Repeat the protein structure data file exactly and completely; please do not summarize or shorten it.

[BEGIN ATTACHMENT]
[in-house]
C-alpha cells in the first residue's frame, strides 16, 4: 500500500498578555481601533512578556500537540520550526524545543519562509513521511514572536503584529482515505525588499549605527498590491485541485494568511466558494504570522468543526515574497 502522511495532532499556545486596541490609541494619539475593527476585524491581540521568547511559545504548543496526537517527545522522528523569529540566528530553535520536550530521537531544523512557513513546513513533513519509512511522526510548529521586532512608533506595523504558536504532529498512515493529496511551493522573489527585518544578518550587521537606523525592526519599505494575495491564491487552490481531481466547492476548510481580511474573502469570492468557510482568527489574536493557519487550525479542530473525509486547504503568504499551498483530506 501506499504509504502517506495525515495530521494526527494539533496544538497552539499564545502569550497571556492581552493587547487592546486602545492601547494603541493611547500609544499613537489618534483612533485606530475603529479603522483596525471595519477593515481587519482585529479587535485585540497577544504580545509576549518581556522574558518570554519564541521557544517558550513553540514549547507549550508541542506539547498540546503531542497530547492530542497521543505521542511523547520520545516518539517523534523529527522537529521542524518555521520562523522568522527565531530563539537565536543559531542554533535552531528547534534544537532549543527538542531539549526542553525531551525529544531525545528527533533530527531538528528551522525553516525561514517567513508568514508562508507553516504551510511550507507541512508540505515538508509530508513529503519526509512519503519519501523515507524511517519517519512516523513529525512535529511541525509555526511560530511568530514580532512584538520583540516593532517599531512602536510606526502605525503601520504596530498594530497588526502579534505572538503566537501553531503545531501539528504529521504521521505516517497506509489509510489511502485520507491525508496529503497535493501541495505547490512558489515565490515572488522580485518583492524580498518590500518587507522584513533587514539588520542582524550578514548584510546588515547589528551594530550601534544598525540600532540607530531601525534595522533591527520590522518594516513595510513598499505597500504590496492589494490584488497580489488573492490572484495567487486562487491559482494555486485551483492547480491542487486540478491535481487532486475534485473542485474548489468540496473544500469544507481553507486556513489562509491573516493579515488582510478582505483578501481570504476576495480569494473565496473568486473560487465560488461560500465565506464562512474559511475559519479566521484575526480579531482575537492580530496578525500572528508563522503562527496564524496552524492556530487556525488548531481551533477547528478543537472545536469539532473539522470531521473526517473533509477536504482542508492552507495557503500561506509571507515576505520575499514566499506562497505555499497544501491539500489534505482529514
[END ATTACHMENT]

[in-house]
C-alpha cells in the first residue's frame, strides 16, 4: 500500500498578555481601533512578556500537540520550526524545543519562509513521511514572536503584529482515505525588499549605527498590491485541485494568511466558494504570522468543526515574497 502522511495532532499556545486596541490609541494619539475593527476585524491581540521568547511559545504548543496526537517527545522522528523569529540566528530553535520536550530521537531544523512557513513546513513533513519509512511522526510548529521586532512608533506595523504558536504532529498512515493529496511551493522573489527585518544578518550587521537606523525592526519599505494575495491564491487552490481531481466547492476548510481580511474573502469570492468557510482568527489574536493557519487550525479542530473525509486547504503568504499551498483530506 501506499504509504502517506495525515495530521494526527494539533496544538497552539499564545502569550497571556492581552493587547487592546486602545492601547494603541493611547500609544499613537489618534483612533485606530475603529479603522483596525471595519477593515481587519482585529479587535485585540497577544504580545509576549518581556522574558518570554519564541521557544517558550513553540514549547507549550508541542506539547498540546503531542497530547492530542497521543505521542511523547520520545516518539517523534523529527522537529521542524518555521520562523522568522527565531530563539537565536543559531542554533535552531528547534534544537532549543527538542531539549526542553525531551525529544531525545528527533533530527531538528528551522525553516525561514517567513508568514508562508507553516504551510511550507507541512508540505515538508509530508513529503519526509512519503519519501523515507524511517519517519512516523513529525512535529511541525509555526511560530511568530514580532512584538520583540516593532517599531512602536510606526502605525503601520504596530498594530497588526502579534505572538503566537501553531503545531501539528504529521504521521505516517497506509489509510489511502485520507491525508496529503497535493501541495505547490512558489515565490515572488522580485518583492524580498518590500518587507522584513533587514539588520542582524550578514548584510546588515547589528551594530550601534544598525540600532540607530531601525534595522533591527520590522518594516513595510513598499505597500504590496492589494490584488497580489488573492490572484495567487486562487491559482494555486485551483492547480491542487486540478491535481487532486475534485473542485474548489468540496473544500469544507481553507486556513489562509491573516493579515488582510478582505483578501481570504476576495480569494473565496473568486473560487465560488461560500465565506464562512474559511475559519479566521484575526480579531482575537492580530496578525500572528508563522503562527496564524496552524492556530487556525488548531481551533477547528478543537472545536469539532473539522470531521473526517473533509477536504482542508492552507495557503500561506509571507515576505520575499514566499506562497505555499497544501491539500489534505482529514